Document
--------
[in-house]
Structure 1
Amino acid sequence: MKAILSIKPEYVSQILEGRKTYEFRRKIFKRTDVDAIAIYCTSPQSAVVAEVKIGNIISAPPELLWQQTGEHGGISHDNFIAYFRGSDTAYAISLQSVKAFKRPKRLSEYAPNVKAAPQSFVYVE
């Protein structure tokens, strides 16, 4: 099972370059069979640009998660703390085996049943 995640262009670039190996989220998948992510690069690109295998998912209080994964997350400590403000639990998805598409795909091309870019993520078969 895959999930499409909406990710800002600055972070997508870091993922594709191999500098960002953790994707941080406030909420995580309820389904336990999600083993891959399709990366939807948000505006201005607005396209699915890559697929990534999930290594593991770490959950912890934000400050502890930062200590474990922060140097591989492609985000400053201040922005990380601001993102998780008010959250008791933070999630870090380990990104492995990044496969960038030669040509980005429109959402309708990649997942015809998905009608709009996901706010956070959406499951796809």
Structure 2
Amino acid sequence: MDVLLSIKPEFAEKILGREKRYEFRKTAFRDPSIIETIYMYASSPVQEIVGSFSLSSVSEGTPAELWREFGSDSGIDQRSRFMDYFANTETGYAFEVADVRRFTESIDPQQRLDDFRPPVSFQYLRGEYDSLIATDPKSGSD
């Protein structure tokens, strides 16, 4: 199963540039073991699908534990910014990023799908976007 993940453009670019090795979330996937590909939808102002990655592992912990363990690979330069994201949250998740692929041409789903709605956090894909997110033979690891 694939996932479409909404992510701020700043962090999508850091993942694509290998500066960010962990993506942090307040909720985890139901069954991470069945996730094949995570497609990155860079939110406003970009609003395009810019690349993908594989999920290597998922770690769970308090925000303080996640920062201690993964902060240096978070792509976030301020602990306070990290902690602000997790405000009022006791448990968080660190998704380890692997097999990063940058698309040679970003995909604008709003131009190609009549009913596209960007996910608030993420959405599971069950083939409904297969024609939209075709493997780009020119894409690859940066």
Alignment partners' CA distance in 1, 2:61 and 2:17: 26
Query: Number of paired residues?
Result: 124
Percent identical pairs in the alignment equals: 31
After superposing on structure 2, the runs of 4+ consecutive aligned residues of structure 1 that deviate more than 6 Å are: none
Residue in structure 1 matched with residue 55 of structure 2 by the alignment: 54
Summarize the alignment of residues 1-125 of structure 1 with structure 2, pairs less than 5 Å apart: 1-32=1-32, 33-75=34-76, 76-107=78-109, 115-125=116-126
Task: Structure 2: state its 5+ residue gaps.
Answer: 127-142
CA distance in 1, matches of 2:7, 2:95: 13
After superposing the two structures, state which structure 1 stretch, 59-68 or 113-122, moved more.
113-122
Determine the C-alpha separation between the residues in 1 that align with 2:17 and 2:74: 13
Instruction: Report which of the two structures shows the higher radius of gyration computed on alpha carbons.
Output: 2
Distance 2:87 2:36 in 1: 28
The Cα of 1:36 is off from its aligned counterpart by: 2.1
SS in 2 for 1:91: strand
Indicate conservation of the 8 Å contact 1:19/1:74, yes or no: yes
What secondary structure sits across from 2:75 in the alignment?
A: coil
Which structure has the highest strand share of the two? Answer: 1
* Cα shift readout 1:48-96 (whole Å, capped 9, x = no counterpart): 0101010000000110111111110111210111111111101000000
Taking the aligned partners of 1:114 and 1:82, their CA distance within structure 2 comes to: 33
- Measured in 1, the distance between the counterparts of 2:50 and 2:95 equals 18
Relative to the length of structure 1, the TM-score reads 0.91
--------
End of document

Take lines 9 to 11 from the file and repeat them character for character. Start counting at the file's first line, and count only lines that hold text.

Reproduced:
Query: Number of paired residues?
Result: 124
Percent identical pairs in the alignment equals: 31